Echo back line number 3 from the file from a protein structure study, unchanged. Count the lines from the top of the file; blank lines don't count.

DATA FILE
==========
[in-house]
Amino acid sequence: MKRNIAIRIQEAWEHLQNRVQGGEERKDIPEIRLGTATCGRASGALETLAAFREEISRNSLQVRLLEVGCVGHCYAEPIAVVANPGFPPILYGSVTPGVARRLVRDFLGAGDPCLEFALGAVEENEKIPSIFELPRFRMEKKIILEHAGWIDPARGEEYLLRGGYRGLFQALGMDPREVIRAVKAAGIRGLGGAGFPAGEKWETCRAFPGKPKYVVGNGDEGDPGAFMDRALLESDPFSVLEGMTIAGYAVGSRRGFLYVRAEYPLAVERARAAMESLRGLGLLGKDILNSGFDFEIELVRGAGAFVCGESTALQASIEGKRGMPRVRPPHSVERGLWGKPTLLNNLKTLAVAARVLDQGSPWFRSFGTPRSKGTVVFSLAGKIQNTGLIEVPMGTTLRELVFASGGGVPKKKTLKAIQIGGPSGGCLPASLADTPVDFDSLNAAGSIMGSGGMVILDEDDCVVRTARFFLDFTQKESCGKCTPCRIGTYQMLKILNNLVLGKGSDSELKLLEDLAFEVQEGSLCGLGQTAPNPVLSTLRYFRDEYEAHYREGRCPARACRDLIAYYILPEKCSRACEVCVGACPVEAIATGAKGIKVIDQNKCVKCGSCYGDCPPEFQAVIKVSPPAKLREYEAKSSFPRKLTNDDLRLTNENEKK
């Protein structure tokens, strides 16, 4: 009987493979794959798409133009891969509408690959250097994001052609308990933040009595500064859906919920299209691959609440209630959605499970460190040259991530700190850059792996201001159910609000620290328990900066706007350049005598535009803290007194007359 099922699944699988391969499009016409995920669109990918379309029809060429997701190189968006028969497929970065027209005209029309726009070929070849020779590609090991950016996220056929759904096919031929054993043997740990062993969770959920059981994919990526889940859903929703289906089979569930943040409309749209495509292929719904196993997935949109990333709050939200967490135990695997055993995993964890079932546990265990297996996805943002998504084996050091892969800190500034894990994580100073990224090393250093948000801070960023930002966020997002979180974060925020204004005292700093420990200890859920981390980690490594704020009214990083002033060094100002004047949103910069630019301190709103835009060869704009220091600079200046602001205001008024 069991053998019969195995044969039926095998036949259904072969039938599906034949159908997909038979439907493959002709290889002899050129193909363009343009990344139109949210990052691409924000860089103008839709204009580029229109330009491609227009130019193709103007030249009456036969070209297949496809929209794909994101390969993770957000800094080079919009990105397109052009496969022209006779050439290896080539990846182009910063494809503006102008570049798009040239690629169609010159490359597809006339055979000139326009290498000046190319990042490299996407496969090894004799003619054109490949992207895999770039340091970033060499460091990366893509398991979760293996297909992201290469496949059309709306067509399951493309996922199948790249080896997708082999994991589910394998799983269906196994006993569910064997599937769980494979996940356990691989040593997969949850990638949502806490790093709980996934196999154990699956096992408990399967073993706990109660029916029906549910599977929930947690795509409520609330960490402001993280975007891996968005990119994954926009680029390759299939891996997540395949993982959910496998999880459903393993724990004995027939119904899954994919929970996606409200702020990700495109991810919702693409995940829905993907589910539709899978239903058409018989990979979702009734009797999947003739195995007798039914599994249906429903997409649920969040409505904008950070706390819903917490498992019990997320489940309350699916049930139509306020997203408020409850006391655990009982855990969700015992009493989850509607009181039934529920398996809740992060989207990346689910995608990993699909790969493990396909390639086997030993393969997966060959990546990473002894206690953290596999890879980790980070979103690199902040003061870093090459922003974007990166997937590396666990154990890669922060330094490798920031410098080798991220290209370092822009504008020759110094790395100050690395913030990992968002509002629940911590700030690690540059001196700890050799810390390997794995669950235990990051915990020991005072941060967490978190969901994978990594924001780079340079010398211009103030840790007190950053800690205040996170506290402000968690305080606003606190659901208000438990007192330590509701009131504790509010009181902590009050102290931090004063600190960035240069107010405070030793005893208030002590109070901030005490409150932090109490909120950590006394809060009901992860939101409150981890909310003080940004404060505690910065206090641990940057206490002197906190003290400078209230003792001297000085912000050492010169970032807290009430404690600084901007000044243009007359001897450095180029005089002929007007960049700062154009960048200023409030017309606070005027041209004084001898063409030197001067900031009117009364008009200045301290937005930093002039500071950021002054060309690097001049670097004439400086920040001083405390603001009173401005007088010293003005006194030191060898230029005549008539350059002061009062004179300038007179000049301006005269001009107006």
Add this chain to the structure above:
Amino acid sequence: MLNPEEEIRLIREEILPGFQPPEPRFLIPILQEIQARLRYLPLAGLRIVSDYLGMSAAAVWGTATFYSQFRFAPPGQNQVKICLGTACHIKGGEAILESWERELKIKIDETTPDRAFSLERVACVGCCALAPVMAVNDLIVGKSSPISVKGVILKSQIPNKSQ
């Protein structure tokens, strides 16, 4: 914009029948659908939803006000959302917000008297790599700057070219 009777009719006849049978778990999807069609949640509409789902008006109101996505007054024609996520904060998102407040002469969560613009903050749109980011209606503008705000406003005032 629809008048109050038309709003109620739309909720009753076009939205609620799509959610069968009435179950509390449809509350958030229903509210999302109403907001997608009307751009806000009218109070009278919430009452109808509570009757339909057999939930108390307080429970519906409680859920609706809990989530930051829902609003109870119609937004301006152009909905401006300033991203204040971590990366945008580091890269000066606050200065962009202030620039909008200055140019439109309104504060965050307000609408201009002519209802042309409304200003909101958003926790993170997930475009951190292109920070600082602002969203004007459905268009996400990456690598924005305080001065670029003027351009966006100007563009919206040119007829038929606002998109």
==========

């Protein structure tokens, strides 16, 4: 009987493979794959798409133009891969509408690959250097994001052609308990933040009595500064859906919920299209691959609440209630959605499970460190040259991530700190850059792996201001159910609000620290328990900066706007350049005598535009803290007194007359 099922699944699988391969499009016409995920669109990918379309029809060429997701190189968006028969497929970065027209005209029309726009070929070849020779590609090991950016996220056929759904096919031929054993043997740990062993969770959920059981994919990526889940859903929703289906089979569930943040409309749209495509292929719904196993997935949109990333709050939200967490135990695997055993995993964890079932546990265990297996996805943002998504084996050091892969800190500034894990994580100073990224090393250093948000801070960023930002966020997002979180974060925020204004005292700093420990200890859920981390980690490594704020009214990083002033060094100002004047949103910069630019301190709103835009060869704009220091600079200046602001205001008024 069991053998019969195995044969039926095998036949259904072969039938599906034949159908997909038979439907493959002709290889002899050129193909363009343009990344139109949210990052691409924000860089103008839709204009580029229109330009491609227009130019193709103007030249009456036969070209297949496809929209794909994101390969993770957000800094080079919009990105397109052009496969022209006779050439290896080539990846182009910063494809503006102008570049798009040239690629169609010159490359597809006339055979000139326009290498000046190319990042490299996407496969090894004799003619054109490949992207895999770039340091970033060499460091990366893509398991979760293996297909992201290469496949059309709306067509399951493309996922199948790249080896997708082999994991589910394998799983269906196994006993569910064997599937769980494979996940356990691989040593997969949850990638949502806490790093709980996934196999154990699956096992408990399967073993706990109660029916029906549910599977929930947690795509409520609330960490402001993280975007891996968005990119994954926009680029390759299939891996997540395949993982959910496998999880459903393993724990004995027939119904899954994919929970996606409200702020990700495109991810919702693409995940829905993907589910539709899978239903058409018989990979979702009734009797999947003739195995007798039914599994249906429903997409649920969040409505904008950070706390819903917490498992019990997320489940309350699916049930139509306020997203408020409850006391655990009982855990969700015992009493989850509607009181039934529920398996809740992060989207990346689910995608990993699909790969493990396909390639086997030993393969997966060959990546990473002894206690953290596999890879980790980070979103690199902040003061870093090459922003974007990166997937590396666990154990890669922060330094490798920031410098080798991220290209370092822009504008020759110094790395100050690395913030990992968002509002629940911590700030690690540059001196700890050799810390390997794995669950235990990051915990020991005072941060967490978190969901994978990594924001780079340079010398211009103030840790007190950053800690205040996170506290402000968690305080606003606190659901208000438990007192330590509701009131504790509010009181902590009050102290931090004063600190960035240069107010405070030793005893208030002590109070901030005490409150932090109490909120950590006394809060009901992860939101409150981890909310003080940004404060505690910065206090641990940057206490002197906190003290400078209230003792001297000085912000050492010169970032807290009430404690600084901007000044243009007359001897450095180029005089002929007007960049700062154009960048200023409030017309606070005027041209004084001898063409030197001067900031009117009364008009200045301290937005930093002039500071950021002054060309690097001049670097004439400086920040001083405390603001009173401005007088010293003005006194030191060898230029005549008539350059002061009062004179300038007179000049301006005269001009107006």